What does treatment include?


Currently, there is no cure for HIV or AIDS, but the treatment available, ARV (antiretroviral) drugs, works at slowing the progression of HIV to the development of AIDS. Without treatment, HIV positive people usually live up to 10-12 years after infection, while people on treatment can delay the onset of AIDS for more than 35 years with today's drugs, but treatment is improving constantly.

HIV damages the body's immune response by destroying its CD4+ or helper T cells. Treatment does not usually begin until the HIV virus has depleted the number of CD4+ or helper T cells in the blood to less than 350 cells per mm3 of blood. Normal levels are around 1000 cells per mm3 of blood, while AIDS is defined as the point where there are less than 200 T cells per mm3 of blood. In order to monitor your T-cell count, you should get regular CD4 tests, and your doctor will explain your treatment options and when to begin treatment. Lifestyle choices can also either accelerate or slow the progression of the disease. These changes are mostly to take care of your health and to remove unneeded stress from your life; a stressed-out body is much less able to take care of itself and protect itself from HIV, with or without ARVs.


Why do you need blood tests?

Everybody's blood is different. Blood tests, or viral load tests, should be taken regularly to monitor T-cell count to show how far HIV has progressed and to indicate when treatment should begin. They will also provide information on which strain of HIV the person has and therefore which antiretroviral (ARV) drugs will work most effectively against it. Later, they will show how well the ARV treatment is working against HIV.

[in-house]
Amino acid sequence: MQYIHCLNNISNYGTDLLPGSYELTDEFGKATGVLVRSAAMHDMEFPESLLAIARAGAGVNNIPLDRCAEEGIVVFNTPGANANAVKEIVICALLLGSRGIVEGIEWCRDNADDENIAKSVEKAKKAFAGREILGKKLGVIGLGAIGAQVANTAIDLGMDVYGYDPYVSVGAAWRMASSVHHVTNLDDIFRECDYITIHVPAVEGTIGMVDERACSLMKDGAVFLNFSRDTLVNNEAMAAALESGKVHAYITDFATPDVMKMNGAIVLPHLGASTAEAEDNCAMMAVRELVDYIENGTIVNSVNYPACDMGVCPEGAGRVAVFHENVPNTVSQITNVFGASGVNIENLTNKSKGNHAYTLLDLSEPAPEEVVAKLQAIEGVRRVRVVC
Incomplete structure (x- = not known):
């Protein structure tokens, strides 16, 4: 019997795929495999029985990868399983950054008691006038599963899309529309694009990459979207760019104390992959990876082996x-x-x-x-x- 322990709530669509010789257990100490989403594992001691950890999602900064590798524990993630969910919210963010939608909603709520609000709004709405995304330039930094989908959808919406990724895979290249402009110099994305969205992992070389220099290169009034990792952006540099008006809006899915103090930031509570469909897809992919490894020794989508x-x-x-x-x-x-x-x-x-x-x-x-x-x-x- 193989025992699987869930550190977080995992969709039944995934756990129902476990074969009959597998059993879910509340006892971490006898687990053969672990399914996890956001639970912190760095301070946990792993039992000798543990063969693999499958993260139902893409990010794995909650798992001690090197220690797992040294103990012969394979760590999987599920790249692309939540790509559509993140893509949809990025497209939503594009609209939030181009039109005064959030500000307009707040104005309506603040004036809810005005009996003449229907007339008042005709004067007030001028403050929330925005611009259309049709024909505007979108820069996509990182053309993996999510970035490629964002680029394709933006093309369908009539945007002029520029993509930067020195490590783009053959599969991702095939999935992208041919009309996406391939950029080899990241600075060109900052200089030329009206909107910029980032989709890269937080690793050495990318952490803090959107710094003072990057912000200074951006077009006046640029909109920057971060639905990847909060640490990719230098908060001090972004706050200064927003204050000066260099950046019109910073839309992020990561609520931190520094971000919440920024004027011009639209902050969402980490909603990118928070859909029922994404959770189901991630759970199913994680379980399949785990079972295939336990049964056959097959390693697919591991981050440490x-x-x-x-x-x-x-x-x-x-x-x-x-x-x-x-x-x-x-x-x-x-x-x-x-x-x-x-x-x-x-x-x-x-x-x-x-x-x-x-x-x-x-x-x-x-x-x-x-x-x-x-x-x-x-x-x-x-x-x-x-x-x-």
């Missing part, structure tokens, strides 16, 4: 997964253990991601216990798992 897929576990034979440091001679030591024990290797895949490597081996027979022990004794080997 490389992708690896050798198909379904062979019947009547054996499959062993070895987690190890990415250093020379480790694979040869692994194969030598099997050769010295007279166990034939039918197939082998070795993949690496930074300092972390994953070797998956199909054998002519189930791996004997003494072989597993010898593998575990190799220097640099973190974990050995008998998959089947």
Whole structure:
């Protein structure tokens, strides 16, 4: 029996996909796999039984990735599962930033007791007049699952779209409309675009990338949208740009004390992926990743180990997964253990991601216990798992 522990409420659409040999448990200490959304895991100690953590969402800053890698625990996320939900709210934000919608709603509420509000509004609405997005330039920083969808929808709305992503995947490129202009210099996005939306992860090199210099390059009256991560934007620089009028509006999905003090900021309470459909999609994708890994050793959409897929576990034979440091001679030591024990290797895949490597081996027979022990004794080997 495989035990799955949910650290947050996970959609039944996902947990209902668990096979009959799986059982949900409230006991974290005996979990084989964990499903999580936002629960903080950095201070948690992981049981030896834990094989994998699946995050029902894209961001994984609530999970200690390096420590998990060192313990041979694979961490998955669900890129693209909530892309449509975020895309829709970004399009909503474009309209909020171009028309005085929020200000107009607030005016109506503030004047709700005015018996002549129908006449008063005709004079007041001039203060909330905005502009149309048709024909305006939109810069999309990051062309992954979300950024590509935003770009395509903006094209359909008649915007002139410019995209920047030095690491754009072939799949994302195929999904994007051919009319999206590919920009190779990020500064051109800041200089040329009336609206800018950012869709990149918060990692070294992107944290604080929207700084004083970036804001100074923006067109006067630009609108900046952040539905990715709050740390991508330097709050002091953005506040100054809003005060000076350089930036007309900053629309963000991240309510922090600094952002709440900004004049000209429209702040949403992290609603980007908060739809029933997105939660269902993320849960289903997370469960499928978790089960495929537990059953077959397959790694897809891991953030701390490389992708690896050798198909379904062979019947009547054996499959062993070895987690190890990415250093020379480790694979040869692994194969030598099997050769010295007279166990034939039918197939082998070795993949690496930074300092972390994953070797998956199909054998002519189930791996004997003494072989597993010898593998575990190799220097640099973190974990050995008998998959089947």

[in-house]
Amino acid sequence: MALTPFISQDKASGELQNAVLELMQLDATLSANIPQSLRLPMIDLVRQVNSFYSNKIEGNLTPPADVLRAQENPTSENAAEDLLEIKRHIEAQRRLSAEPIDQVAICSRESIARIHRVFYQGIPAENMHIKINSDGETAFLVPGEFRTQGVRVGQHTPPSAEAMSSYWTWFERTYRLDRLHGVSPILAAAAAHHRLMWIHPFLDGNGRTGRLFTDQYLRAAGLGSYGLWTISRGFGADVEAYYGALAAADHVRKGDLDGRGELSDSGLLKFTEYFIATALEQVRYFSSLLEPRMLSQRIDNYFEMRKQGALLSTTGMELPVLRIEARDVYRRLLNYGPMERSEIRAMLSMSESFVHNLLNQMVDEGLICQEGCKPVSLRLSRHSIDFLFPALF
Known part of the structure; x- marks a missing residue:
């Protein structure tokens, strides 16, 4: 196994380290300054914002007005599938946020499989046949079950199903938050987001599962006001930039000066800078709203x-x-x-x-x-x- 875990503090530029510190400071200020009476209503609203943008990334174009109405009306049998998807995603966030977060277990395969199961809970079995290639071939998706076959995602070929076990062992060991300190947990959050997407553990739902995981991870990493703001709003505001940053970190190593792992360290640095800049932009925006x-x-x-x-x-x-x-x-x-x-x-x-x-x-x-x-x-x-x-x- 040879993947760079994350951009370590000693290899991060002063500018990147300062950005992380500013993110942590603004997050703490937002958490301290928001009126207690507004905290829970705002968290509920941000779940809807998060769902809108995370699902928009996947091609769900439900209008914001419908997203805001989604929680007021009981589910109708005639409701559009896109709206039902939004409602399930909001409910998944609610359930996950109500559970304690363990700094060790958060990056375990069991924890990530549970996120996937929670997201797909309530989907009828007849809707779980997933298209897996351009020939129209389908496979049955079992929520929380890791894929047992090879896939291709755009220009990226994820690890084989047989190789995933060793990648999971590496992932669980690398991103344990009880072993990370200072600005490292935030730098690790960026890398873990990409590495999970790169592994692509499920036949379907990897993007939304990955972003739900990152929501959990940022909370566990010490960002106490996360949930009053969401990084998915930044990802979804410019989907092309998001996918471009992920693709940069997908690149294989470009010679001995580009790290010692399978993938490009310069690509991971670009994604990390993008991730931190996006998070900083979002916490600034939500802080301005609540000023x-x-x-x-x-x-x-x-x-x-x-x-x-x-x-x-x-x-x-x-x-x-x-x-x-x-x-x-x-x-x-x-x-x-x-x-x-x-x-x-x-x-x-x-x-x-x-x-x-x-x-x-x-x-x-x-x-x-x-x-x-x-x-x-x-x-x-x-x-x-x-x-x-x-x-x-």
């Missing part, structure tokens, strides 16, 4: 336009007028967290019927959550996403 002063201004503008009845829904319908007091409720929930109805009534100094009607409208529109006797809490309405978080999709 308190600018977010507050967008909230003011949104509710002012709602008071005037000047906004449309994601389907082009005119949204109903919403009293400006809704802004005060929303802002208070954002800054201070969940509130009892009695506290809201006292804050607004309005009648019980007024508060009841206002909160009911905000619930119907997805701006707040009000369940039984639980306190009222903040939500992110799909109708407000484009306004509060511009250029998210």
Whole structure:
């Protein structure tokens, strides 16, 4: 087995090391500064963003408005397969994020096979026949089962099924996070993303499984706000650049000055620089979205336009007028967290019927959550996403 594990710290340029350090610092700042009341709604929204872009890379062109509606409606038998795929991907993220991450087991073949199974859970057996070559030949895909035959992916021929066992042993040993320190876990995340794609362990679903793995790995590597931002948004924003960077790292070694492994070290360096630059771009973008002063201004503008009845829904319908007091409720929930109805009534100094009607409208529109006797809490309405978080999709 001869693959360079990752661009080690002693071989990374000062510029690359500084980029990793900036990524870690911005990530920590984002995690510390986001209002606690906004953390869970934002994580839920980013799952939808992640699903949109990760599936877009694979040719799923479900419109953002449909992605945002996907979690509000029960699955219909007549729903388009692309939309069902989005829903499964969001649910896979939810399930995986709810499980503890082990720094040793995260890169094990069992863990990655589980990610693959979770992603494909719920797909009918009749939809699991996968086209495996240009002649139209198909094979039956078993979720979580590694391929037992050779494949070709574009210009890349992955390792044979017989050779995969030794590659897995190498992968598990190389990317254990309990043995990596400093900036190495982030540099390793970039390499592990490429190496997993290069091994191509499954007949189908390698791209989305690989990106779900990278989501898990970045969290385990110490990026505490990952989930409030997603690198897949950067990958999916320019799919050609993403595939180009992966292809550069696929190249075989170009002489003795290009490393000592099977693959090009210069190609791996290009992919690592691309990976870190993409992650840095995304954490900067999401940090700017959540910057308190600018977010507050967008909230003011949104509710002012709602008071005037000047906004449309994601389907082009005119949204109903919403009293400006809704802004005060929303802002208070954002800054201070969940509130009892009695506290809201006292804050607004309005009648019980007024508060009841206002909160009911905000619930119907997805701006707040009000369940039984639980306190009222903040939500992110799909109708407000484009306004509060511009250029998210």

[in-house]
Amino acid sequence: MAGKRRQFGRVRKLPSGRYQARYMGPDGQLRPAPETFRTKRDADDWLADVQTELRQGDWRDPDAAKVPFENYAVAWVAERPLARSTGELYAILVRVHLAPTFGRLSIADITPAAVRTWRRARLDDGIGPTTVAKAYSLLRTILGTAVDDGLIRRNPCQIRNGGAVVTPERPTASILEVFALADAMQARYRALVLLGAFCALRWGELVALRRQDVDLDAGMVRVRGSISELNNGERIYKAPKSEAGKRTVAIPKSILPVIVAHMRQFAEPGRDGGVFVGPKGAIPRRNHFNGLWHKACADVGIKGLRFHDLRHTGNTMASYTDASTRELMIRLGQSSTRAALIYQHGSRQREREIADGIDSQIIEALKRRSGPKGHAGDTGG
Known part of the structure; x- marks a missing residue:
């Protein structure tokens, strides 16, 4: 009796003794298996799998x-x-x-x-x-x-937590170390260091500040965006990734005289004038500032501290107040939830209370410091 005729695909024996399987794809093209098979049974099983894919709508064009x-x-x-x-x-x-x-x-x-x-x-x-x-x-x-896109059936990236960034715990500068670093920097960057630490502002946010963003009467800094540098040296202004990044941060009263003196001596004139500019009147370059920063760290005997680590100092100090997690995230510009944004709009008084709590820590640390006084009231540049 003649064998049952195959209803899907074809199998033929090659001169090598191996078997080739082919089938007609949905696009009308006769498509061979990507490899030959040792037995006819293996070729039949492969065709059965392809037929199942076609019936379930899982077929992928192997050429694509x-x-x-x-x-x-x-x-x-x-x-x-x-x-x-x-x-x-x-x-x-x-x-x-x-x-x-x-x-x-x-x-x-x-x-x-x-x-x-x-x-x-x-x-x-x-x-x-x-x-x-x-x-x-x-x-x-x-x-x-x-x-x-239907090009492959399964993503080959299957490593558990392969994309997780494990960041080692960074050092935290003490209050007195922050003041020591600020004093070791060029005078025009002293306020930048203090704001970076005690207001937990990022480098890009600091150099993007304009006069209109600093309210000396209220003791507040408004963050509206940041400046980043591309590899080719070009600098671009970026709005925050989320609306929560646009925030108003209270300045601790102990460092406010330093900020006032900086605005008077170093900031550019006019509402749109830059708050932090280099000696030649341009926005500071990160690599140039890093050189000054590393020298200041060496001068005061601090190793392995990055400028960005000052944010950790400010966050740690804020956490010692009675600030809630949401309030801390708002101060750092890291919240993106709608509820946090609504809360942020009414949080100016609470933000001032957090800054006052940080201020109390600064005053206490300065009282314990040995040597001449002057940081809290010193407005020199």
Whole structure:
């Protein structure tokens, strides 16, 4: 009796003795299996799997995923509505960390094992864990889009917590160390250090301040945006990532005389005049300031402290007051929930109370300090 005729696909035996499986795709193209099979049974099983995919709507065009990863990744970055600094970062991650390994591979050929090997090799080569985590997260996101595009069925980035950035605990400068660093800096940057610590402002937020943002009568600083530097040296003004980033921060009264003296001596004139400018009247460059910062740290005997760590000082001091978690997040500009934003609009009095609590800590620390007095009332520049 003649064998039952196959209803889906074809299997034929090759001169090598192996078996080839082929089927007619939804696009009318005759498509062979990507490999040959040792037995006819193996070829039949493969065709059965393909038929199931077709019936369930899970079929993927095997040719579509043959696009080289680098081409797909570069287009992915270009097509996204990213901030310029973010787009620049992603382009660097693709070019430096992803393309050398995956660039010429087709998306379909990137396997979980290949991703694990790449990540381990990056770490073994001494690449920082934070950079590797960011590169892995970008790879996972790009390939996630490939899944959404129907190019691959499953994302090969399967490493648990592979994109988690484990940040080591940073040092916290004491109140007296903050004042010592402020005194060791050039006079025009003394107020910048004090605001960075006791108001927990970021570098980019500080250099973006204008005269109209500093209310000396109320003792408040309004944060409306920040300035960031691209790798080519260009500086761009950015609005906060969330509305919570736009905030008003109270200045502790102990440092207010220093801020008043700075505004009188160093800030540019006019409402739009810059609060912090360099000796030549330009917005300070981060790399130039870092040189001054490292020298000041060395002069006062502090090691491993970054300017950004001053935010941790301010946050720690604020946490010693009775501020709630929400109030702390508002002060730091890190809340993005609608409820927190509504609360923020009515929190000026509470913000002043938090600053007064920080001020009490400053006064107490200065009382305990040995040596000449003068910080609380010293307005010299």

Treatment usually consists of prescribed ARV drugs, or antiretroviral drugs. Antiretroviral drugs try to lower the levels of HIV to prevent damage to the immune system and allow it to partially recover. The ARV drugs work by protecting the cells which HIV attacks and by preventing HIV from replicating and producing more of itself. Since the virus is able to mutate and form a resistance to the drugs, ARVs are often used in combinations and must be taken every day at the same time. Adhering to treatment is essential since a break in treatment could cause the ARV drugs to be ineffective against mutated HIV strains. Currently there are 20 different ARV drugs available, and doctors will usually create a personalized combination of ARV drugs for each patient, depending on their specific strain of HIV, the side effects of the drugs, and the availablility and price of the drugs. The first set of ARVs prescribed may cease to work after a while if the HIV strain becomes resistant or if it causes serious side effects, and can be replaced by a second and larger combination of ARV drugs.